Pessimist. If I make the call to fix it myself, I’m going whole hog into it, believe me on that. My thought is that if I find my ability to do it doesn’t work, I can always go aluminum. That’s why I’m leaning to fixing it myself.

it won’t see winter here regardless, so that’s irrelevant. The frame and everything else isn’t aluminum.
 

designerRob

CJ-8 Member
CJ-8.com Member
City
Allen Park
State
MI
#32
Aluminum tub
Stroker motor
X2.
Sounds like you have the body comparability worked out with Aqualu and Mr. Beep can hook you up with a stroker motor. Maybe Barnes 4x4 for a skid plate. And I've thought Transit or Sprinter van seats w/ integrated restraints would be great for the back of the Jeep. You'd just have to figure out mounting brackets. And you wouldn't have to cut the inner fenders for those. Spring for the 3-spd tcase if you can swing it. That would be REAL nice to have.

Maybe save some cash by tweaking the BDS vs new and selling your body to offset the cost of the Aqualu. I should clarify, I meant the Jeep body and not yours. :rotfl:
 
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spankrjs

Scrambler Junkie
LIFETIME
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City
Biloxi
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MS
#33
Things that definitely stay:
Axles (D44/HD20 with 4.88 gears and ARB lockers): the brakes have always been great and I love this pair for what I do. Clean up and repaint, if desired. Maybe wheel bearing maintenance, if necessary. Bearing maintenance could be performed after the "big build" to save time.

Dual diaphragm MC: Vanco unit that's been awesome If happy, leave it

Frame: I do have front reinforcement plates from chiefwaho that I want to get on and I want to do the rear ones as well as fixing any other issues I find At minimum, blast/clean/repaint the inside/outside of the frame, check factory welds/lack of welds at the seams

Wheels/tires: no reason to change, no intention of ever going beyond 35s Leave alone

Interior: Outside of the rear seat mentioned below, there's nothing really wrong with the interior. Clean up/repair as needed and reuse

Cage: I've been thrilled with the cage and aside from making the feet in the front floorboards work for whatever new floor ends up in there, it should be fine with a coat of paint. Paint and leave it alone

Things that could go:
Motor: I have abused the CRAP out of this poor 4.0. I did the swap to this motor so that I could drop in a stroker in a weekend. The recent turbo developments for the 4.0 had me wondering about that route too. I wonder if @MrBeep if going to let me have my stroker motor and exhaust finally :) Get the Toby engine, easy swap into what you have, you are familiar/happy with it, done deal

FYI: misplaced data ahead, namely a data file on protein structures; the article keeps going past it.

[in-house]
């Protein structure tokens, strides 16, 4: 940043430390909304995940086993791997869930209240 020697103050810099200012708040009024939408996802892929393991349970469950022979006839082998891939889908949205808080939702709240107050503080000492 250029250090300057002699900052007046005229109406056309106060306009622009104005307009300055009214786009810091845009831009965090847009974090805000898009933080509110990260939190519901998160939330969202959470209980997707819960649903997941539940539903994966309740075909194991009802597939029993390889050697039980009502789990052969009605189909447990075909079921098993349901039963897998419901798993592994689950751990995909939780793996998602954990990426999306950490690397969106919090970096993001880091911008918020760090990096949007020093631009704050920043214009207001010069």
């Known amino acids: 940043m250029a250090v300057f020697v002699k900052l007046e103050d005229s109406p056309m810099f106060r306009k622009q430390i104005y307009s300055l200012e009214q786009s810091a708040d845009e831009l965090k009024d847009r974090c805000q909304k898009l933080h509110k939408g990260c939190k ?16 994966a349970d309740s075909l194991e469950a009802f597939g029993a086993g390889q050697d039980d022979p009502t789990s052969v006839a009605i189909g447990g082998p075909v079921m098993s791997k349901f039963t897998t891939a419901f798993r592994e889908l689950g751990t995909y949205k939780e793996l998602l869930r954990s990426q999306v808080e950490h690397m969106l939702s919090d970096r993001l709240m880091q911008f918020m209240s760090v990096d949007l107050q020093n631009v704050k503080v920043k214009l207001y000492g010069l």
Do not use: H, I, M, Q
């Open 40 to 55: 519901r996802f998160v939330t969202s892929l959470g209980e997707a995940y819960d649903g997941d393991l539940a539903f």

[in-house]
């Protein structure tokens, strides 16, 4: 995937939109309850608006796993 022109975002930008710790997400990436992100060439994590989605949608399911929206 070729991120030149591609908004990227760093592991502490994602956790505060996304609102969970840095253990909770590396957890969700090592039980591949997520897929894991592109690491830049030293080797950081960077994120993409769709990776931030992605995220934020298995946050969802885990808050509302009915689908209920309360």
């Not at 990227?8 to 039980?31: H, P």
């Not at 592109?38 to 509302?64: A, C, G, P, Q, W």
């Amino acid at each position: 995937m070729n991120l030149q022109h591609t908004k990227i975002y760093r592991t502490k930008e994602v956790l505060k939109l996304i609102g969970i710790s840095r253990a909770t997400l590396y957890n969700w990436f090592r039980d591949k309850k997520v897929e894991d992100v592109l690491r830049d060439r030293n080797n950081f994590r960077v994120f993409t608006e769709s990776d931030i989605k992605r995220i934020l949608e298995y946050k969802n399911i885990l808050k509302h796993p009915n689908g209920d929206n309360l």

Body: This is the BIG one. Fiberglass is out. It is MANDATORY that whatever I do work with the World Cab (that needs restoration of its own). That means that the top lip has to be right and able to accept the World Cab flange. With what I've seen of the Phillipine units, I don't think they'll work. I spoke with the owner of Aqualu for over an hour standing in front of the Postal at EJS and he is 100% confident that they can make a body that will work exactly right as everything they do is CAD driven. A few measurements and we could confirm it for certain and if adjustments were needed, they'd make them. I can't get over the idea of scrapping the original tub and it's not THAT far gone. Sadly, I have zero experience with sheet metal work and I'm worried that what I do won't look good or last if I go the repair route. It's also going to slow everything down enormously... This is the tough one, and only you can make the call once it is stripped down/exposed. Comes down to time/money crunch. I would love to see you reuse the original, BUT if it is too far gone/requires too many repairs/has a bunch of stress cracks in the sheet metal, makes the decision to swap easier. Even with a swap, still a lot of time to ensure everything fits, plus having to make all the holes in the replacement body. Ideally, you are able to find a local shop to repair what you have for reasonable money/time frame. IF you decide to fix it yourself, budget in money/time for acquiring/learning how to use a bunch of new tools. Kind of expensive in time/money to acquire tools/skills to repair one body? Hopefully, you can repair your existing body, either a local/reasonable/quality shop, OR send it to JeeperDD!!!!!! This will also probably be your most expensive/time consuming part of the project. I have not had any experience in 10 years with this sort of work at a shop, BUT either repair what you have or new, I would conservatively budget 10k.